A $10M Super Bowl Ad Isn’t Enough to Change Gen Z & Millennials’ Minds About a Brand
Facebook spent an estimated $10 million on their first-ever Super Bowl spot. We looked to our youth brand tracker to see if the big game commercial made an impact with young consumers…
It’s no secret that, as a whole, live sports are struggling to draw young viewers. But the Super Bowl remains a live spectacle that continues to draw eyes. Super Bowl 2020 ratings increased from 2019, with some counts putting viewing numbers at over 100 million. According to YPulse’s Super Bowl survey, 71% of 13-39-year-olds watched the game in some way this year. For a difficult-to-reach demographic, the live showdown is still a significant draw, and arguably one of the few times that young consumers are actually paying attention to ads. This year, brands spent an average of $5.6 million to have a piece of that viewership for 30 seconds—an increase from $5.2 million in 2019.
But do those (very expensive) ads actually have an impact on brand perceptions among young viewers? To measure the impact of one of the biggest marketing events of the year, we turned to our ongoing youth brand tracker, which collects 100,000 interviews with 13-39-year-olds annually, tracking over 400 brands across 16 distinct diagnostics—from what brands are cool to what brands they want to buy. Combined, those diagnostics give us a brand’s Yscore, an overall reflection of their current standing Gen Z and Millennials.
Our Brand Tracking Super Bowl LIV report compares the pre- and post-game brand scores for 11 of the brands who spent millions on a commercial for the game this year. By looking at their performance two weeks prior to and following Super Bowl LIV, we explored how opinions and attitudes among young viewers changed (or didn’t) as a result of the advertising that aired. Today, we’re giving you a look at the results of one brand.
This year, Facebook made its Super Bowl debut with a full 60-second ad. The super-sized slot was a pricey ticket into viewers’ homes: Business Insider estimates that the social media brand spent more than $10 million for airtime alone on their massive ad, as much as Trump and Bloomberg paid for their minute-long commercials.
The brand also tapped a tried and true Super Bowl marketing trend: star power. Two months before the big game, actor Sylvester Stallone posted a cryptic teaser on Twitter of himself in front of the Rocky statue that quickly went viral. The social media giant quickly confirmed that their first Super Bowl ad would feature the Rocky star and Chris Rock, who also starred in a series of pre-game clips getting “ready to rock.” The teasers made some believe the spot would be a buddy comedy with the two actors, but instead, the commercial focused on celebrating everyday people from an array of Facebook groups.
Set to “I Wanna Rock” by Twisted Sister, the spot promoted the diversity of Facebook groups—in this case, any related to the word “rock” (rock climbing, rocking chairs, experiment rocketry, and a Rocky Balboa group, to name a few). All of the groups featured are real, and Facebook tells Fast Company the spot is an “homage” to the people who connect through the feature and “make the platform what it is.” Putting the focus on Facebook Groups continues their effort to pivot their functionality to more private interactions. But the ad’s focus on the ways that Facebook can bring people together is also a clear attempt to rebuild positive affinity for the brand after years of growing mistrust. Did it work?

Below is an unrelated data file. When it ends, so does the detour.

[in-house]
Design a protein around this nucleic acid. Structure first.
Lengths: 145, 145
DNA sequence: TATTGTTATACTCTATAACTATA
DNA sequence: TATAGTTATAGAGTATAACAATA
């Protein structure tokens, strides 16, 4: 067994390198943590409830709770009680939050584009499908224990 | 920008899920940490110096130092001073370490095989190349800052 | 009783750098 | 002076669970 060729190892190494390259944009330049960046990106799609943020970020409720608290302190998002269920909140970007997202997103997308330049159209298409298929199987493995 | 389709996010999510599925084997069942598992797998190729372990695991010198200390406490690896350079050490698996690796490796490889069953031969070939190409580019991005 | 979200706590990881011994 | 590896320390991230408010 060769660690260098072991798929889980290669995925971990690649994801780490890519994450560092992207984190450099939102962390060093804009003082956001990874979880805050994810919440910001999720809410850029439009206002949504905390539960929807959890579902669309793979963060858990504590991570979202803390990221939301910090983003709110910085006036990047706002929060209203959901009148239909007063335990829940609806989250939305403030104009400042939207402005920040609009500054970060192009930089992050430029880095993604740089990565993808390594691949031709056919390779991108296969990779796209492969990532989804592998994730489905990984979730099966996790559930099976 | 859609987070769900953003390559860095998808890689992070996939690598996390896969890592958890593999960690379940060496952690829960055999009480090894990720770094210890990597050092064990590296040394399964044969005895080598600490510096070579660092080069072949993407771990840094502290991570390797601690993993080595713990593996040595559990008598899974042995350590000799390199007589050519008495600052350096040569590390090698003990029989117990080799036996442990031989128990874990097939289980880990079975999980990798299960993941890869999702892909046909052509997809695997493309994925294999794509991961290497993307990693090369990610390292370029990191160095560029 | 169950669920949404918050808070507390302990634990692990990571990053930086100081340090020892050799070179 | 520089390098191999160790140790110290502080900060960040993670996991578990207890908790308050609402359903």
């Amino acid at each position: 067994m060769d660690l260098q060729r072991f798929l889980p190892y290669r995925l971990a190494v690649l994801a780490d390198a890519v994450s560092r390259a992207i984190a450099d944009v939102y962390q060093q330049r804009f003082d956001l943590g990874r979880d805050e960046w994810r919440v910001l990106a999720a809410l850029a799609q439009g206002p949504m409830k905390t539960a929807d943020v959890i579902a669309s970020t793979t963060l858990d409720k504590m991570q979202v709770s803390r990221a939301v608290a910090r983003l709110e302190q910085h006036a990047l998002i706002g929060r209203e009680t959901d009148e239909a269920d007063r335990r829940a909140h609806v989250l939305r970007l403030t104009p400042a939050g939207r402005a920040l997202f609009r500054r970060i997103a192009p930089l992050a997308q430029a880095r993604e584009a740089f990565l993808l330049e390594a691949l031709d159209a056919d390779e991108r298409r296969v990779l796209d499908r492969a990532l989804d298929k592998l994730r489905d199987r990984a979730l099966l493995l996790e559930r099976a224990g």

When we look at the brand’s scores before and after the game, it’s clear that Facebook’s big-budget Super Bowl ad didn’t necessarily make much of an impression with young consumers. Post-game, their Yscore was not significantly impacted, dropping a couple of points, and there were no significant increases in their individual diagnostics. In fact, Facebook’s “express who they are,” “hot,” “bright future,” “innovative,” and “will use” scores all dropped, speaking clearly to the ongoing perception issues that the platform is having. Despite the ad’s message, “trustworthy” and “reflects diversity” scores also declined. The commercial wasn’t enough to shift brand perception. Viewership wasn’t the problem—the ad has been viewed 22 million times on YouTube—but we’ve learned that view counts are just a piece of a successful campaign.
For this particular brand, affinity problems run too deep for a single ad to fix. It’s no secret that the social media giant has struggled to capture young users, so it’s not much of a surprise that their ad didn’t reverse the tide. While the majority of Millennials still use the platform daily, only a quarter of Gen Z tell YPulse that they are Facebook users. And of course, distrust in social media giants (and tech giants in general) has been increasing significantly over the last few years: less than half of Gen Z and Millennials tell YPulse they trust social media companies.
Of course, a new focus on groups—which the Super Bowl ad was promoting—is one way that the brand is trying to bring Gen Z and Millennials around. But judging by their brand scores, a $10 million Super Bowl commercial wasn’t enough to change their minds.
YPulse Prime & Pro subscribers can download the full Brand Tracking Super Bowl LIV report here!